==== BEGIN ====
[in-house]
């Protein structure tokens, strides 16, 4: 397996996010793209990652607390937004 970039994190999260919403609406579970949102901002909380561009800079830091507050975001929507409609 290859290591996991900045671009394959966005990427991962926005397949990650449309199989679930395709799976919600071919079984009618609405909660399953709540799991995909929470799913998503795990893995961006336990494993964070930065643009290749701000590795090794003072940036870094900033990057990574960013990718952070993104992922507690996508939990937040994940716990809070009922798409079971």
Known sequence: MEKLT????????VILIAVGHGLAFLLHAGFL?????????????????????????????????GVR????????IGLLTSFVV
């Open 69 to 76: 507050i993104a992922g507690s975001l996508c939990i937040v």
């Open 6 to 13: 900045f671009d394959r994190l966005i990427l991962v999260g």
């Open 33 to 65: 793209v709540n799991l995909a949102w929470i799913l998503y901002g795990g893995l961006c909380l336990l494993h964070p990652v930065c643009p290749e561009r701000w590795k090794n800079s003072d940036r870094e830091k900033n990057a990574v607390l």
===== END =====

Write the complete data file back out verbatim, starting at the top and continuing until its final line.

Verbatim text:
[in-house]
């Protein structure tokens, strides 16, 4: 397996996010793209990652607390937004 970039994190999260919403609406579970949102901002909380561009800079830091507050975001929507409609 290859290591996991900045671009394959966005990427991962926005397949990650449309199989679930395709799976919600071919079984009618609405909660399953709540799991995909929470799913998503795990893995961006336990494993964070930065643009290749701000590795090794003072940036870094900033990057990574960013990718952070993104992922507690996508939990937040994940716990809070009922798409079971």
Known sequence: MEKLT????????VILIAVGHGLAFLLHAGFL?????????????????????????????????GVR????????IGLLTSFVV
């Open 69 to 76: 507050i993104a992922g507690s975001l996508c939990i937040v």
């Open 6 to 13: 900045f671009d394959r994190l966005i990427l991962v999260g």
């Open 33 to 65: 793209v709540n799991l995909a949102w929470i799913l998503y901002g795990g893995l961006c909380l336990l494993h964070p990652v930065c643009p290749e561009r701000w590795k090794n800079s003072d940036r870094e830091k900033n990057a990574v607390l």